SHANGHAI — Patients are crammed into hallways, stairwells and lobbies, and still the sick keep coming.
In scenes reminiscent of the start of the coronavirus pandemic in 2020, Chinese hospitals are struggling to cope with a surge in Covid-19 cases following the country’s decision to scrap its “zero-Covid” policy in early December.
Although the move relaxed three years of strict measures that had set off rare mass unrest, it also unleashed the virus on a population of 1.4 billion people that had been largely shielded from it. After international criticism that it had not been transparent about the severity of the outbreak, the Chinese government said last weekend that it had recorded 60,000 Covid-related deaths since Dec. 8.
But that figure covers only those who have died in hospitals, suggesting the true death toll could be much higher. An estimate on Tuesday by Airfinity, an independent forecaster based in London, put the number of Covid-related deaths in China since Dec. 1 at 608,000, 10 times the official figure.
“Our forecast estimates a significant burden on China’s health care system for the next fortnight,” Dr. Matt Linley, Airfinity’s analytics director, said, “and it is likely that many treatable patients could die due to overcrowded hospitals and lack of care.”
NBC News witnessed chaotic scenes in overcrowded hospitals in Shanghai, China’s financial center and most populous city at 26 million people. Less than a year after a grueling two-month lockdown in an effort to stamp out the virus, the city is now experiencing the consequences of letting it loose.
The bodies of those who die in the hospital are taken for cremation. At one funeral home visited by NBC News, their families are allotted 10 minutes to say goodbye. Relatives carry flowers and pictures of the dead through the rain to their designated time slot.
“My father had no symptoms but still died,” one 31-year-old woman said outside a hospital in central Shanghai. Her mother, who has heart disease, was still hospitalized with the virus.
“Thirty-five people passed away the day before yesterday, right here,” said the woman, who lives in Australia and like others interviewed did not wish to be named due to the political sensitivity of the issue in China. “Since my mom was here, I’ve come here to see [her] every day. On the day my father moved into the hospital, almost all patients in the emergency department died.”
The intensity of the outbreak has taken her and many others by surprise.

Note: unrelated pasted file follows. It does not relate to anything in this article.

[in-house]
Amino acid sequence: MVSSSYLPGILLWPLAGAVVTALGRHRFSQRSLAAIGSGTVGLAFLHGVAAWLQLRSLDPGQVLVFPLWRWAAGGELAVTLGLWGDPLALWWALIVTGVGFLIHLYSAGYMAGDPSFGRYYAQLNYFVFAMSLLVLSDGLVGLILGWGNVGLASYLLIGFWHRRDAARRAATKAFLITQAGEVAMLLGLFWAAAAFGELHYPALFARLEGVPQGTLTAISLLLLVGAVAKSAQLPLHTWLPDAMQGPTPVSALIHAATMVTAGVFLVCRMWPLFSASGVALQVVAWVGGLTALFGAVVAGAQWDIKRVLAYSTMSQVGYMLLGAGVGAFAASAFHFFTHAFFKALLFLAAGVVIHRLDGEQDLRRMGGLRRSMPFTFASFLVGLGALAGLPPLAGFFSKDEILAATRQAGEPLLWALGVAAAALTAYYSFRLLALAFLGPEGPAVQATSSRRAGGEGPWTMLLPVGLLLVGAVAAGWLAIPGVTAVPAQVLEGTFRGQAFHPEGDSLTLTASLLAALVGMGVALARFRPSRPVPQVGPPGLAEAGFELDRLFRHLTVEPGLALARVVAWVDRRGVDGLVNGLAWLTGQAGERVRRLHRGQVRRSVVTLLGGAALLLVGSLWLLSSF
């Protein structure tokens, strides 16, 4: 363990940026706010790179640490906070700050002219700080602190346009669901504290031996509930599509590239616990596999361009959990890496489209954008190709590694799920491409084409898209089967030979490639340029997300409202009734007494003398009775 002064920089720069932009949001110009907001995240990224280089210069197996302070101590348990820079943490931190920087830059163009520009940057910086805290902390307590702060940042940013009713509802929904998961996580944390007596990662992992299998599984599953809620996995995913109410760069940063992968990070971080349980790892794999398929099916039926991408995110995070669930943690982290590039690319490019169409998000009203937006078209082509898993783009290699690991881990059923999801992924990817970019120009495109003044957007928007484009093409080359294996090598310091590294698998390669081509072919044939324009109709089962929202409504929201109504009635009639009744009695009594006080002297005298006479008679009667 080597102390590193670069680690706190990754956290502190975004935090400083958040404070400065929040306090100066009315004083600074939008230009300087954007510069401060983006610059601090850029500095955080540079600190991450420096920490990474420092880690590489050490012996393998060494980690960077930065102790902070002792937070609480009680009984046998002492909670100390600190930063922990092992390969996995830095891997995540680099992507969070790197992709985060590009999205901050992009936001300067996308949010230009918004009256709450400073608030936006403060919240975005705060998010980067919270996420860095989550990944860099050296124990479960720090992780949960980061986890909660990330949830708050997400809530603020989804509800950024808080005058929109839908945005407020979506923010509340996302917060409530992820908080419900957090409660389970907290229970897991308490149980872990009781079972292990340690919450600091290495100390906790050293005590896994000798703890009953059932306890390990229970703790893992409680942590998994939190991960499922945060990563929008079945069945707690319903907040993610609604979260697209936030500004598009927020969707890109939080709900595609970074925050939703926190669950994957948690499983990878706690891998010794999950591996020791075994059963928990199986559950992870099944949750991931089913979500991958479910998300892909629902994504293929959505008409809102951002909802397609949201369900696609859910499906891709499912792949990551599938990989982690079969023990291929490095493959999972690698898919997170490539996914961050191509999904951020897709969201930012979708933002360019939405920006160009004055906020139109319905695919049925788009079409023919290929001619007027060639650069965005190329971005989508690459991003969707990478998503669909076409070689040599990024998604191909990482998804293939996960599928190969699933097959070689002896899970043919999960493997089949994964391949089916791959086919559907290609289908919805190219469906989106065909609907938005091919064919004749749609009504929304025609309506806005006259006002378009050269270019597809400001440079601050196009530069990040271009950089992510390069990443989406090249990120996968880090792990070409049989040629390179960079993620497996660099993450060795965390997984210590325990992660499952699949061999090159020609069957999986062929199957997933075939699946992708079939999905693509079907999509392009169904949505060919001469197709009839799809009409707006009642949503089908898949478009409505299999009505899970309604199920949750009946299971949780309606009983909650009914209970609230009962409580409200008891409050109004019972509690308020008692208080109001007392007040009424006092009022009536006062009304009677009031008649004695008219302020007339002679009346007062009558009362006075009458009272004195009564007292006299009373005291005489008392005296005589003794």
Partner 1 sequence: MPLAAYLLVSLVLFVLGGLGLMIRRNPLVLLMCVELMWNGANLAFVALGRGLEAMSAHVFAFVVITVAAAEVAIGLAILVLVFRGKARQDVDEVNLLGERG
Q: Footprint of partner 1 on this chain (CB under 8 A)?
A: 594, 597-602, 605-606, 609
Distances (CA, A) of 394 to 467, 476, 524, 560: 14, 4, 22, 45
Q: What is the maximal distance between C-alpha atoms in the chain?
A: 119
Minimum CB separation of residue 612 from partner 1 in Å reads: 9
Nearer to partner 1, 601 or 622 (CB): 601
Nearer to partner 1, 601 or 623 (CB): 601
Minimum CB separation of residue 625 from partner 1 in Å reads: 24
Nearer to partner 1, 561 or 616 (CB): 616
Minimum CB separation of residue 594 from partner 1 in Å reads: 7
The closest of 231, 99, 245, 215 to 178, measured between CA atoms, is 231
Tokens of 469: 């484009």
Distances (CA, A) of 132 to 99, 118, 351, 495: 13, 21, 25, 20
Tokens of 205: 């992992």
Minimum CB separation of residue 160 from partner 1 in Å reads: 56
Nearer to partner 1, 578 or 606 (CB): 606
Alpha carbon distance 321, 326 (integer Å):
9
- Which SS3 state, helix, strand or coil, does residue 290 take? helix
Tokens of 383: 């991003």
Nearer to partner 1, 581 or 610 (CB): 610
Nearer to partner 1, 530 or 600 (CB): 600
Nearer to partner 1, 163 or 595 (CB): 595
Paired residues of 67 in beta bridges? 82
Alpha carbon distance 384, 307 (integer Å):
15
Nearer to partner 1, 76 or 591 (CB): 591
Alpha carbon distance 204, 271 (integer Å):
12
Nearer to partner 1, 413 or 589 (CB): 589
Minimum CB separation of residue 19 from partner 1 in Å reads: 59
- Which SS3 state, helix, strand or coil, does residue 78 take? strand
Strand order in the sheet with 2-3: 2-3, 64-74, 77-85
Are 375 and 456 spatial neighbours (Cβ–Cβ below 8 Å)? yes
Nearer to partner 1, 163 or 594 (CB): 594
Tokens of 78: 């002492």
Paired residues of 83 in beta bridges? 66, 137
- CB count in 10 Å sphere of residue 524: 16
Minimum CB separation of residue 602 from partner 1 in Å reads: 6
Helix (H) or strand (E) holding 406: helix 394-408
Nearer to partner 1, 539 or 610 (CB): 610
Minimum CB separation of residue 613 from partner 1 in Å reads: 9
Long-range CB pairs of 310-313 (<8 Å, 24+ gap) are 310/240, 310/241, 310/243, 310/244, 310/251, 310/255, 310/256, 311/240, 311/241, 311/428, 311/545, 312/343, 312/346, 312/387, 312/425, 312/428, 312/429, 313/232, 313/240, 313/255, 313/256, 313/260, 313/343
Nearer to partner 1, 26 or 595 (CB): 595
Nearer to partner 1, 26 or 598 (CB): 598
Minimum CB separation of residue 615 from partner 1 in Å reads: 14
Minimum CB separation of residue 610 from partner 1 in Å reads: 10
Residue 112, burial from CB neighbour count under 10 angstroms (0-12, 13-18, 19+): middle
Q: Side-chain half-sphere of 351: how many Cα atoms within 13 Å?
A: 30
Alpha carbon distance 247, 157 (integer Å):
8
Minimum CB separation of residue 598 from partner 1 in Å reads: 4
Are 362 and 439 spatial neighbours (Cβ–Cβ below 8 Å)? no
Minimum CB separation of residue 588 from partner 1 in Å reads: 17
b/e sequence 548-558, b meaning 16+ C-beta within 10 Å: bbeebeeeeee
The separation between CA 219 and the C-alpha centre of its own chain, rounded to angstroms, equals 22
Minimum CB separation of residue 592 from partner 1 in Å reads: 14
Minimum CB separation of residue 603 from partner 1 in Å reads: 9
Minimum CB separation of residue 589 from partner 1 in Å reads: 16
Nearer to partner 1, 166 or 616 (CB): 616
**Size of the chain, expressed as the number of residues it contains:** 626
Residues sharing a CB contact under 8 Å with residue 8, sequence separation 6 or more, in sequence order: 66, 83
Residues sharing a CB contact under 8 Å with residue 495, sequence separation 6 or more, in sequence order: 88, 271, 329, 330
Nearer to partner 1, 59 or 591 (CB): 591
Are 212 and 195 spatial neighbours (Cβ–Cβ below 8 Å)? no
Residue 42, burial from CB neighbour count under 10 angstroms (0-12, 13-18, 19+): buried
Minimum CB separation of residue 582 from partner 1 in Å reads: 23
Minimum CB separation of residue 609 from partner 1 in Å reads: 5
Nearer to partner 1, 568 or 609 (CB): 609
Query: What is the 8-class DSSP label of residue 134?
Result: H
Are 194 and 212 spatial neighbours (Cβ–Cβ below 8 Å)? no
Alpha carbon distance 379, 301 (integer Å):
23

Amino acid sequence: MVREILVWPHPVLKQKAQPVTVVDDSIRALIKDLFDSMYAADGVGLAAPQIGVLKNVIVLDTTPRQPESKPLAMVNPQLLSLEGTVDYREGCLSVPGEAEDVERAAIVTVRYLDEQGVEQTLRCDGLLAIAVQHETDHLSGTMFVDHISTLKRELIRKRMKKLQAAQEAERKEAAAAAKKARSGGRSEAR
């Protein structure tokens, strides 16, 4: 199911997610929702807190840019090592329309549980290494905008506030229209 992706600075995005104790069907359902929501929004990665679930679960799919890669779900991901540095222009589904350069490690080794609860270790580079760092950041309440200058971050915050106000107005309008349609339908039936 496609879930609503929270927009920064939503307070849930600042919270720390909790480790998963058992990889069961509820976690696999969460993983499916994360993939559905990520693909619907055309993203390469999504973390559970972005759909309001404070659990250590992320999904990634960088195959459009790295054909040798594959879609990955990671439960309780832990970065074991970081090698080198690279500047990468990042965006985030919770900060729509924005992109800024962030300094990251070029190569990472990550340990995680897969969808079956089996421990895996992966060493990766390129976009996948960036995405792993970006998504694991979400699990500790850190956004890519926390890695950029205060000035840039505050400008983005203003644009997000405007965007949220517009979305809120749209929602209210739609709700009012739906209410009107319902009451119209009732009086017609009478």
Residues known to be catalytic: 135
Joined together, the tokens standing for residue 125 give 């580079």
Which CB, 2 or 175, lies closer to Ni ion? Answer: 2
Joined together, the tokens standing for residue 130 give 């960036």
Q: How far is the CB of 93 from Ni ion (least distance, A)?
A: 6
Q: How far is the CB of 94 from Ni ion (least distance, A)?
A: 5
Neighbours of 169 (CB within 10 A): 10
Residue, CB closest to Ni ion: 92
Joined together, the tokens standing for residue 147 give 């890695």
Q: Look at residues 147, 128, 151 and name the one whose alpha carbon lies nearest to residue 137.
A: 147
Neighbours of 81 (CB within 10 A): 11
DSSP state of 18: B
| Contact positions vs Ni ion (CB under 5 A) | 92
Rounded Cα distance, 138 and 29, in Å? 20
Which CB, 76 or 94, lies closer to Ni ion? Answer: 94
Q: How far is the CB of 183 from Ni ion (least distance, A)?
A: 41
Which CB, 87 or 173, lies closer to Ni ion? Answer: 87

“It’s way more severe than I expected, much more severe,” the woman said. “Especially for seniors, whether or not they have had some diseases before, the virus could end their lives.”
The hospital here is so busy, street vendors have set up outside to profit from the spike in visitors after almost two years of scraping by with hardly any business at all.
“Most of my customers are the families of the patients and the patients themselves, or the nurses inside the hospital,” one vendor said.
Satellite images taken in December and January by the Colorado-based space technology company Maxar showed a high number of cars as well as new construction at crematoriums in cities across mainland China, providing a glimpse into the outbreak’s human cost.
At a funeral in Shanghai, a woman leaving the crematorium cried: “Why did you leave us so soon? Now I’m alone in the world.”
China on Thursday repeated complaints about Western media coverage of its outbreak, with an editorial in People’s Daily, the official newspaper of the ruling Communist Party, criticizing reports in some unidentified outlets as “completely biased hype, smear and political manipulation with ulterior motives.”
It said life was returning to normal in places where cases had peaked, as residents in some major cities have also told NBC News.
Chinese President Xi Jinping said Wednesday that “zero-Covid” had been the “right choice” for China for most of the pandemic but that the government’s response had entered a “new phase.”
“Tough challenges remain, but the light of hope is right in front of us,” he said in a virtual meeting with medical staff at a hospital in the northeastern province of Heilongjiang, according to state media.
Xi said he was particularly worried about those living in rural areas, as huge numbers of people travel to their hometowns for the Lunar New Year, also known as Spring Festival, which officially starts on Sunday. Rural areas in China often have much fewer medical resources than cities.
“For the next two or three weeks, we know the virus is going to find its way to every last corner of the country,” said Ben Cowling, chair professor of epidemiology in the School of Public Health at the University of Hong Kong. “That means in rural areas they’re going to have lots of infections, most likely within a short space of time, and the impact may be greater because of that lack of resources.”
Also on Wednesday, Chinese authorities announced a crackdown on pandemic “rumors” during the holiday, calling it a “Spring Festival online environment improvement” program.
Despite strict censorship, stories and complaints about the virus outbreak have spread widely on Chinese social media, challenging the official narrative that it is under control. Among other issues, the Cyberspace Administration of China said over the next month it would take action against “fabricating patient experiences” and promoting fake virus treatments in order to “prevent gloomy sentiments” during the Lunar New Year.